I will go on record now and add that not only is Thanos the best villain in the Marvel franchise, he rivals any villain that comic book movies have ever presented.  The biggest argument between the DC Universe and the Marvel Cinematic Universe is that Marvel can write and present heroes, but DC has the gold medal in the villain category.  Thanos feels almost out of place here, bringing a three-dimensional quality to his persona - an almost tragic, relatable understanding - and an actual internal, personal purpose to his need to conquer and destroy.  You know, qualities mostly uncommon in most of Marvel's paper villains.

I am also going to go on record and say that Infinity War's portrayal of Thanos may very well be one of the great movie villains of all time.  I found myself studying him, and giving his character the same credence I gave other great CGI-created characters such as Gollum from The Lord of the Rings or Caesar from The Planet of the Apes films.  Josh Brolin, underneath the very effective visual effects, gives an outstanding, frightening performance here.

Avengers: Infinity War shows how good a movie can be when its CGI is used well.  There is literally no way this movie could have existed without its computer-generated effects, and for that I can't fault the film's insistence on its use.  Marvel put their money where their mouth is and gave us a nearly flawless extravaganza in its visual department, all head-lined by their confidence in Brolin's performance underneath one of the finest CGI characters ever put to film.

With the film's stakes being raised to levels as-of-yet unseen in Marvel's past decade, we are presented with an often highly-emotional film with a couple tragic moments to spare.  One particular tragic scene I will admit was almost ruined by what felt like the writers' lack of confidence in the audience's ability at understanding unspoken subtlety, but luckily when the characters spoke their words, they were good words, and the scene played out pretty much as emotional as it would have been otherwise.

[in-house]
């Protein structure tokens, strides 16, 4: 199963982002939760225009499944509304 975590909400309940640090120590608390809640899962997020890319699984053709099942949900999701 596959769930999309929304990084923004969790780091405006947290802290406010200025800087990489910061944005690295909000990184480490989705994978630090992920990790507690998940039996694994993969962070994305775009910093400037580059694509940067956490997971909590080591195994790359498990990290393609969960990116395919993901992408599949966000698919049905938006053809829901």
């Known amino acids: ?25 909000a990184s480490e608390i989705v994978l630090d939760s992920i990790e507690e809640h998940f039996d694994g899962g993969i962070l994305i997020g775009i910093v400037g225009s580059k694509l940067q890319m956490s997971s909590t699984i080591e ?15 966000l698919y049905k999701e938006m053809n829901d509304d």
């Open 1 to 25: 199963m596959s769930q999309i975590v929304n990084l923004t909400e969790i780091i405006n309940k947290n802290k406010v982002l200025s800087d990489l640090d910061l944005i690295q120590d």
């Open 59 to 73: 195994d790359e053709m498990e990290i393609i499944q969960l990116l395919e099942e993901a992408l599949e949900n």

After ten years of building, experimenting, planning, fist-fighting, space-battling, hammer-swinging, laser-blasting, and shield-throwing, I was surprised I was as emotionally effected as I was by this film after the credits rolled and after having experienced one of the most surprising, game-changing third acts in a major, big-budget Hollywood popcorn flick in many years. 

Avengers: Infinity War is a true blockbuster, and despite having the arduous task of trying to balance an unfathomable amount of characters in even a decent amount of run time, it mostly succeeds in giving important moments to all of its characters with quite a few of them shining in more than one scene.  The keen fan and viewer will also find Easter eggs and foreshadowing abound in the film's dialogue and script as they watch it, portending to events that take place later in the film and also in future films.

Infinity War is truly, in my opinion, the comic-book film game-changer, and the shot of fresh air that not only Marvel needed for their franchise, but also to this jaded viewer of the trash Hollywood has released to the masses over the past handful of years.  This is the first of these kinds of films I immediately wanted to watch again (most of which was from missed dialogue from the applause and laughter from the surprisingly well-behaved and excited audience I had the pleasure of viewing with), and literally had me saying, out loud, "Holy shit" as the credits rolled.

Fucking loved it.



*With a refreshed viewing of Doctor Strange, Guardians of the Galaxy Vol. 2, Thor Ragnarok, Avengers: Age of Ultron, Black Panther, and Captain America: Civil War